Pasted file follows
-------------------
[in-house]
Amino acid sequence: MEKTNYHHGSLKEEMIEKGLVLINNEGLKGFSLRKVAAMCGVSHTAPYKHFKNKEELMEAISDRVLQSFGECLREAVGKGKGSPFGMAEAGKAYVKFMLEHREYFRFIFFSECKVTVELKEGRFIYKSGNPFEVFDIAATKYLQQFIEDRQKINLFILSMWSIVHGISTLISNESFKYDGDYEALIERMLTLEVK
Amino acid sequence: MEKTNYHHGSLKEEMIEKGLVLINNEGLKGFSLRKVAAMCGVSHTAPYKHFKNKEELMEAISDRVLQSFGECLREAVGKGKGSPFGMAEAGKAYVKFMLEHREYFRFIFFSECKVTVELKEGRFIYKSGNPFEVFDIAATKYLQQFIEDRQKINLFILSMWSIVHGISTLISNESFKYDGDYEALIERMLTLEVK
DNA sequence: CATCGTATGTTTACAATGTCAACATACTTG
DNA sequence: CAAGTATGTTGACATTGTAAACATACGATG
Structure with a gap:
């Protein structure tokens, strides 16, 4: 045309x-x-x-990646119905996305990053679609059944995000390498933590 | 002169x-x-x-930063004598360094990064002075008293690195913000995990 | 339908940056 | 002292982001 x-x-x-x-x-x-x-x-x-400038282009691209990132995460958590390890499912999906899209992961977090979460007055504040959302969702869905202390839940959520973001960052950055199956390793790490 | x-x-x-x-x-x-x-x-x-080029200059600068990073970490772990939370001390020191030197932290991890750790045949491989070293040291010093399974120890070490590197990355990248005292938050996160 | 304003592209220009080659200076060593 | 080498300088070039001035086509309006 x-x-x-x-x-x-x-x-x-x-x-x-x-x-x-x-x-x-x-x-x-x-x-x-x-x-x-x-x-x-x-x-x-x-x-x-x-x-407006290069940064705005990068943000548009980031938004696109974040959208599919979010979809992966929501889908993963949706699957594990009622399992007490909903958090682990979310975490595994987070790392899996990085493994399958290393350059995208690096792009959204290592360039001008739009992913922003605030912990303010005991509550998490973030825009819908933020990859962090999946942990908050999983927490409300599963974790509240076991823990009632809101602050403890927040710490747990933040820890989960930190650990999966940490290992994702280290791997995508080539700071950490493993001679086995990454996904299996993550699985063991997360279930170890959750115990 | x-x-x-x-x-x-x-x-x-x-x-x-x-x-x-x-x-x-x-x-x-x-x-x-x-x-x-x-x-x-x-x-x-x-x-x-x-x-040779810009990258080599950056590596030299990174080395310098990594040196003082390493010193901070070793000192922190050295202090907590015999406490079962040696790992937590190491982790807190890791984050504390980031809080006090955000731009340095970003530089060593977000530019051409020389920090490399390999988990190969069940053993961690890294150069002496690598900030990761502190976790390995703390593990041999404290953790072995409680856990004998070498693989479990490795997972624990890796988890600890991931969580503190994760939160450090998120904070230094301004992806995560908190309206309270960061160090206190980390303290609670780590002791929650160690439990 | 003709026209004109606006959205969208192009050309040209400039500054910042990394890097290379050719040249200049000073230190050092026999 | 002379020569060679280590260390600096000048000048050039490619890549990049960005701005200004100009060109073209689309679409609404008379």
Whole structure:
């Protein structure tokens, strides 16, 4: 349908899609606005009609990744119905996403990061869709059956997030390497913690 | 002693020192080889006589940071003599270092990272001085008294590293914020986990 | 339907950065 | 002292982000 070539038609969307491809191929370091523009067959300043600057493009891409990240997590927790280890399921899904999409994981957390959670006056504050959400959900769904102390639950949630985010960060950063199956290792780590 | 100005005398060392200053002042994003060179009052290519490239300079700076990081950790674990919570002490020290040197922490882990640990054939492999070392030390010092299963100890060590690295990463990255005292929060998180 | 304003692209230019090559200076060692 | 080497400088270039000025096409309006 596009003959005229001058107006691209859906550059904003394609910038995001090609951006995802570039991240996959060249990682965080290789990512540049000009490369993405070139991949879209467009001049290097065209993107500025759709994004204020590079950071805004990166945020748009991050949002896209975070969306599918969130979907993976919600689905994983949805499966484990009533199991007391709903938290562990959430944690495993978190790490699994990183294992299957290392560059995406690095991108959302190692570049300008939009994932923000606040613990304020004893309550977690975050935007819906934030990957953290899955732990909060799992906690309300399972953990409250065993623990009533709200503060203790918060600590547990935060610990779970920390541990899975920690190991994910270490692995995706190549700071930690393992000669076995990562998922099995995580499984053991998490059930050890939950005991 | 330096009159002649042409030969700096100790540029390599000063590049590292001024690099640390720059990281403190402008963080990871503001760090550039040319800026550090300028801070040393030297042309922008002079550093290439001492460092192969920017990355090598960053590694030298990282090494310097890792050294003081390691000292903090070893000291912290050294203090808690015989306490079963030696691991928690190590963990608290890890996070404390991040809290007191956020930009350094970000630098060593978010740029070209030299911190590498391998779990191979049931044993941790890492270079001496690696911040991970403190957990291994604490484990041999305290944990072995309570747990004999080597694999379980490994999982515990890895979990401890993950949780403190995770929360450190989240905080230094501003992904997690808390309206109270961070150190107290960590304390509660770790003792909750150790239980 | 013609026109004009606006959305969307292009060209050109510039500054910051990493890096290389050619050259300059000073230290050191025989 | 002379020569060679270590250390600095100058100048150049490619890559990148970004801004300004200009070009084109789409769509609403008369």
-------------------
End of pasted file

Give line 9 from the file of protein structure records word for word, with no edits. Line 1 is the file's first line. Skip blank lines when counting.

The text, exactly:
């Protein structure tokens, strides 16, 4: 349908899609606005009609990744119905996403990061869709059956997030390497913690 | 002693020192080889006589940071003599270092990272001085008294590293914020986990 | 339907950065 | 002292982000 070539038609969307491809191929370091523009067959300043600057493009891409990240997590927790280890399921899904999409994981957390959670006056504050959400959900769904102390639950949630985010960060950063199956290792780590 | 100005005398060392200053002042994003060179009052290519490239300079700076990081950790674990919570002490020290040197922490882990640990054939492999070392030390010092299963100890060590690295990463990255005292929060998180 | 304003692209230019090559200076060692 | 080497400088270039000025096409309006 596009003959005229001058107006691209859906550059904003394609910038995001090609951006995802570039991240996959060249990682965080290789990512540049000009490369993405070139991949879209467009001049290097065209993107500025759709994004204020590079950071805004990166945020748009991050949002896209975070969306599918969130979907993976919600689905994983949805499966484990009533199991007391709903938290562990959430944690495993978190790490699994990183294992299957290392560059995406690095991108959302190692570049300008939009994932923000606040613990304020004893309550977690975050935007819906934030990957953290899955732990909060799992906690309300399972953990409250065993623990009533709200503060203790918060600590547990935060610990779970920390541990899975920690190991994910270490692995995706190549700071930690393992000669076995990562998922099995995580499984053991998490059930050890939950005991 | 330096009159002649042409030969700096100790540029390599000063590049590292001024690099640390720059990281403190402008963080990871503001760090550039040319800026550090300028801070040393030297042309922008002079550093290439001492460092192969920017990355090598960053590694030298990282090494310097890792050294003081390691000292903090070893000291912290050294203090808690015989306490079963030696691991928690190590963990608290890890996070404390991040809290007191956020930009350094970000630098060593978010740029070209030299911190590498391998779990191979049931044993941790890492270079001496690696911040991970403190957990291994604490484990041999305290944990072995309570747990004999080597694999379980490994999982515990890895979990401890993950949780403190995770929360450190989240905080230094501003992904997690808390309206109270961070150190107290960590304390509660770790003792909750150790239980 | 013609026109004009606006959305969307292009060209050109510039500054910051990493890096290389050619050259300059000073230290050191025989 | 002379020569060679270590250390600095100058100048150049490619890559990148970004801004300004200009070009084109789409769509609403008369």